As he was asking questions, I sensed he was not keen about the idea and immediately felt like I had to defend my intentions. I should not have expected him to share in my excitement. Silly me. My heart started racing, I had a lump in my throat and I sat on the edge of my seat. I doubted myself and felt ashamed for even asking. He said I was welcome to write notes but that I would need to choose the most important ones and bring them into my session, not leave them with him.

He said it seemed as though I was finding it difficult to deal with these boundaries. It also seemed like I was not finding the support that I needed from therapy.

I nodded my head.

The last few months have been an extremely difficult time for me emotionally. My weeks have been punctuated with bouts of sadness, despair and lethargy. I wasn’t sure whether these feelings were more frequent or whether I was simply more aware of my underlying emotional state because of the therapeutic work we had been doing. Not having a clear cause or reason to feel this way left me in a state of flat denial.

You want me to work on my work?

But during the session, I realised I may be feeling this way because of what I have experienced at work. I’d prefer not to disclose what I do for a living but I can share that many of my days are filled with tales of death, violence and loss. Believing I was coping through professional detachment, I never raised my experiences with DS because I didn’t want it to hijack our work in areas I felt were important.

However, last night was different and I told DS about two of the notes I had written about these on-the-job experiences. The floodgates opened and I realised how much I had kept inside. DS asked what methods I was using to cope and I knew he was going to ask whether I was relying on my husband for support.

“I tell him what’s going on and yes, I do tell him how it makes me feel. But I usually summarise everything because I don’t want to be a burden to him,” I told DS. “I am painfully aware that the first 13 years of his life were spent dealing with a very sick and increasingly unavailable mom. I am scared my feelings will overwhelm him. I don’t want to trigger him.”

DS scribbled furiously and gave barely perceptible all-knowing head nods.

“And I know this is probably just all in my head. But it feels real to me, that my fears are real.”

Lean on me but be careful with that shaky boundary fence…

It was starting to make sense. Going through these experiences at work without adequate support had left me feeling quite unsafe and unsettled. It explained why I had been needing DS more and more recently and why I had a nagging need to be hugged or curl up into a ball. He was the only one I felt safe enough with to PRACTICE reaching out to, something I habitually avoid because I feel I need to be strong.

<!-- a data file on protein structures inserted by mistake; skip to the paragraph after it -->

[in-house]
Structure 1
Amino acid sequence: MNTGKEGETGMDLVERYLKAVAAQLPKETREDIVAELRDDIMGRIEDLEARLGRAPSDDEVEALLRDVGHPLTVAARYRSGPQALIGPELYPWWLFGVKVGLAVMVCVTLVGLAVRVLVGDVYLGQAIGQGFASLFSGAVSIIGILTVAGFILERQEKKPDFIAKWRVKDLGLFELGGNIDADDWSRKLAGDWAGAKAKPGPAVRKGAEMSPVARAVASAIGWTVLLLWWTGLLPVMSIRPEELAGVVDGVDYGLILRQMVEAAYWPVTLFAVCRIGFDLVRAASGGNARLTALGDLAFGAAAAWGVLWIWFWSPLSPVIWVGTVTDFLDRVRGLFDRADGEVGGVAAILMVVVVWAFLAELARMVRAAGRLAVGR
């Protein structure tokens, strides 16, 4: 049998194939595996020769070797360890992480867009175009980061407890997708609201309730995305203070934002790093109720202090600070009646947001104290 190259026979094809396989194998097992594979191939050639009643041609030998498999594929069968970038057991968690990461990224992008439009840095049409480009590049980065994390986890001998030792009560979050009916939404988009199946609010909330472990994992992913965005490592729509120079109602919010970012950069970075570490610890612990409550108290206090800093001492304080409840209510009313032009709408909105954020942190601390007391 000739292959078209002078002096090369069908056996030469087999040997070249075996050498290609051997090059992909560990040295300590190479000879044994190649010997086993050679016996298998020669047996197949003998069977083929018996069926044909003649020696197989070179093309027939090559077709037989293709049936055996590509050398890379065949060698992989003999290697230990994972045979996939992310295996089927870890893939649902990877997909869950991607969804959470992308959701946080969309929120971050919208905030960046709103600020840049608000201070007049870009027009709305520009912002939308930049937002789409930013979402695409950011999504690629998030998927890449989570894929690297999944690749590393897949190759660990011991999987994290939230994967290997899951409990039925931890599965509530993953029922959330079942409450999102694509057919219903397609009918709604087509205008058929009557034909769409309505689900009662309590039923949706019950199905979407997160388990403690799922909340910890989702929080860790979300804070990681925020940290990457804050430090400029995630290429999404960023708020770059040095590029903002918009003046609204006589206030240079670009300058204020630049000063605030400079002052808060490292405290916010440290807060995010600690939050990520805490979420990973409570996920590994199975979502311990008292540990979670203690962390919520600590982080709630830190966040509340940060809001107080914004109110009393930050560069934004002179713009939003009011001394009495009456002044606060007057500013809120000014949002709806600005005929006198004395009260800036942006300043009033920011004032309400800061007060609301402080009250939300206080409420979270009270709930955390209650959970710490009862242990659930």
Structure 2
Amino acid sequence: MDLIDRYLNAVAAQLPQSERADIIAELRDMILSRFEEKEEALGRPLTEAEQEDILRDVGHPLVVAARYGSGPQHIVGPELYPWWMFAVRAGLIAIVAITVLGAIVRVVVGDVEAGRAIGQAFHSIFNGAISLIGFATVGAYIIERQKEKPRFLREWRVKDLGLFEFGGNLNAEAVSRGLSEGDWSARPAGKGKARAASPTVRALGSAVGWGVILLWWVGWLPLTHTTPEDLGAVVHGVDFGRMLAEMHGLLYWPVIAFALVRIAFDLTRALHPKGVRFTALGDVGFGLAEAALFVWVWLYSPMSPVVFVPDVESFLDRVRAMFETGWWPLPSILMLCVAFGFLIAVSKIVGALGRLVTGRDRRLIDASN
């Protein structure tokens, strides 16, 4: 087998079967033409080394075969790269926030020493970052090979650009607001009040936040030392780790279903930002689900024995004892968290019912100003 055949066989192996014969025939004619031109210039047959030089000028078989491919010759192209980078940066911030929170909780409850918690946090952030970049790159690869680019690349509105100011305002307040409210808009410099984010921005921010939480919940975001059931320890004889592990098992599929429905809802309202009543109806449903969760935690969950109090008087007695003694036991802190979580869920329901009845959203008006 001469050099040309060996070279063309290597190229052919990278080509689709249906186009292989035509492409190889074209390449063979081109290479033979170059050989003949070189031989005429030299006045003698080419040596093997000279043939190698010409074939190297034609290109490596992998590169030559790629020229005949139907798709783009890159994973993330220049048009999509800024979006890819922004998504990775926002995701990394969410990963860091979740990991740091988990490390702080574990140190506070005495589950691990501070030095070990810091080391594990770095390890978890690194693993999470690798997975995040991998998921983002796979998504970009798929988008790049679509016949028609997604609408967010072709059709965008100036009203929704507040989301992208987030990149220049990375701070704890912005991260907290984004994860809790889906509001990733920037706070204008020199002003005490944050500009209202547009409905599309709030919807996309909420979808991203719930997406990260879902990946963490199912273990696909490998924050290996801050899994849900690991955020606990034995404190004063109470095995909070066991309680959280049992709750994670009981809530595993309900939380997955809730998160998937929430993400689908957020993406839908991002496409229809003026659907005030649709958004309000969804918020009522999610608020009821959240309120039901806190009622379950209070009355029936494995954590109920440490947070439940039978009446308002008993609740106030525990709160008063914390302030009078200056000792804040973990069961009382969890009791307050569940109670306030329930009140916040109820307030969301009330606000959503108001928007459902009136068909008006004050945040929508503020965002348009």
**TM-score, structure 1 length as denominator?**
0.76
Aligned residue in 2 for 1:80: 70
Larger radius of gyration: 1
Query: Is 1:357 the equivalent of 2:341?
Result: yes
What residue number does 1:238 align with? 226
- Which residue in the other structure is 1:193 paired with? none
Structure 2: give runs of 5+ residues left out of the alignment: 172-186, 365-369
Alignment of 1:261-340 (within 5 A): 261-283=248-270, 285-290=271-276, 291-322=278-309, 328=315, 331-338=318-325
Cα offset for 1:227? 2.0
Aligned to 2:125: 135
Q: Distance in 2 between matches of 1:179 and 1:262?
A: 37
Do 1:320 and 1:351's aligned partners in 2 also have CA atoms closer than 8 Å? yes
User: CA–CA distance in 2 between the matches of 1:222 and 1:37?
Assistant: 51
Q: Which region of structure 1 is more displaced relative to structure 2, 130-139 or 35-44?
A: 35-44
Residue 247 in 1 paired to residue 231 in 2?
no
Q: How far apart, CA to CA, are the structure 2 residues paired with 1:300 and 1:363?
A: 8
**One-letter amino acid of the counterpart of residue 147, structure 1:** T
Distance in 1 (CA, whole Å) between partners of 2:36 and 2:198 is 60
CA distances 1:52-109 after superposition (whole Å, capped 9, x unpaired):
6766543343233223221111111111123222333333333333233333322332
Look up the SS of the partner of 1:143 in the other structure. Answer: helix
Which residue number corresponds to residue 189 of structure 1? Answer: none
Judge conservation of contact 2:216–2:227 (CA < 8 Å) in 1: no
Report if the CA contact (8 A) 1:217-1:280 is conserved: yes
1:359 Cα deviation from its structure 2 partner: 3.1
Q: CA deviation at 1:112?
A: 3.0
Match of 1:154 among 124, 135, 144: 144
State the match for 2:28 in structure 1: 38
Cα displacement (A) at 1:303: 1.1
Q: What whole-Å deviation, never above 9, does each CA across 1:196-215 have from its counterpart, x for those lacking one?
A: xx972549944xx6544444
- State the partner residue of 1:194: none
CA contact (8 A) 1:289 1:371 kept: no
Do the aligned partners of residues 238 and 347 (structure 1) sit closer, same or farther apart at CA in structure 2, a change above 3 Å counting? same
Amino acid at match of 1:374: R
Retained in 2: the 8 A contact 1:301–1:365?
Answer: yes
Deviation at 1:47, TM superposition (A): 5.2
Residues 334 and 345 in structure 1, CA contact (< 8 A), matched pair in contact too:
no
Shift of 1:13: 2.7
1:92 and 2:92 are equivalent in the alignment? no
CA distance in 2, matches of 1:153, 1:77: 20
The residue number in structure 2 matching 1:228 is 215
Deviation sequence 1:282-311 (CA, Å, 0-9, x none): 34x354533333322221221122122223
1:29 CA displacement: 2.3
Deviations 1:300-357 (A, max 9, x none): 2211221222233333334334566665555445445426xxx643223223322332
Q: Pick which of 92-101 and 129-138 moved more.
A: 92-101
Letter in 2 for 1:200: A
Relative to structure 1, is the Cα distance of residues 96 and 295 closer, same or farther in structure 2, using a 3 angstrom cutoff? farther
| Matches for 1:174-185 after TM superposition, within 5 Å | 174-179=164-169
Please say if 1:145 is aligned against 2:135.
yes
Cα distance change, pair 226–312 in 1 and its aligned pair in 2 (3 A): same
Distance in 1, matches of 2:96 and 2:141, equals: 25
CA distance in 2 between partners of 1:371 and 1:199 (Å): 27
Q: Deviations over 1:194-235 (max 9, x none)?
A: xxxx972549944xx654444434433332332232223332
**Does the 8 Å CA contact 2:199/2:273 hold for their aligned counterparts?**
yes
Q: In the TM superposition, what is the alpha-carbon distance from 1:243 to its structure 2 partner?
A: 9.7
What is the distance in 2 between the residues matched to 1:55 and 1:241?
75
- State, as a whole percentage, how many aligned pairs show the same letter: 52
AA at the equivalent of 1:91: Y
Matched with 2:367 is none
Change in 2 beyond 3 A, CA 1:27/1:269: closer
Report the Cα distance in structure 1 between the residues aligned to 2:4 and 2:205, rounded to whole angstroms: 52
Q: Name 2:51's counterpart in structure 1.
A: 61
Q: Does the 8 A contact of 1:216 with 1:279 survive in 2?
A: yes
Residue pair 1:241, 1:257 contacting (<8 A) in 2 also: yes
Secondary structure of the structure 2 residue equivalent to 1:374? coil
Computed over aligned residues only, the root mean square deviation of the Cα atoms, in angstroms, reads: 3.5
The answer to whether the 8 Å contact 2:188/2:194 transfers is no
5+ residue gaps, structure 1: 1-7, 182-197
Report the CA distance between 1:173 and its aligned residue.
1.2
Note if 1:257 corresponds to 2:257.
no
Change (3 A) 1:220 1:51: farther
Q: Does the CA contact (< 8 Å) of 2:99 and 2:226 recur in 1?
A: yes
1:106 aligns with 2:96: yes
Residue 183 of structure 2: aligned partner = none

And so, the last three months have been filled with:

– An intense need for him to reassure me that he will be there therapeutically
– An unending yearning for him to tell me I am okay, no matter what I bring to the session
– Dreams of him abandoning me in some way or another
– A desire for him to be okay with me contacting him via email or phone if I really needed it.

And while he has listened to these needs, he has never encouraged or fulfilled them in any way. This has left me deeply bereft and increasingly isolated because I am worrying about the therapy relationship in addition to the job trauma and not feeling able and safe enough to turn to others for full support.

It’s not you, it’s me…

The weight of this now unburied hopelessness, grief and fear hit me at the end of the session. I tried to pull myself together and grab my bag and book off the couch before standing up. It was impossible. I couldn’t see much through the tears and I was ZAPPED of all energy. I must have tried this three or four times. DS could see I was a mess and sat down again.

He then asked me a series of questions about whether I had been keeping up my various commitments the last few months, if I had been struggling to sleep, whether I wanted to sleep more or less and how my appetite had been. I answered as best as I could through the sobs and basically said life was “running” thanks to an ingrained sense of responsibility (and not because of meaning, drive and passion). I appreciate that he took 10 non-paid minutes to check in with me.

It’s hard not to just give up and throw the towel in. But I’ll continue to try, battling my inadequacies, demons and critical thoughts the next few days as I always do… by myself.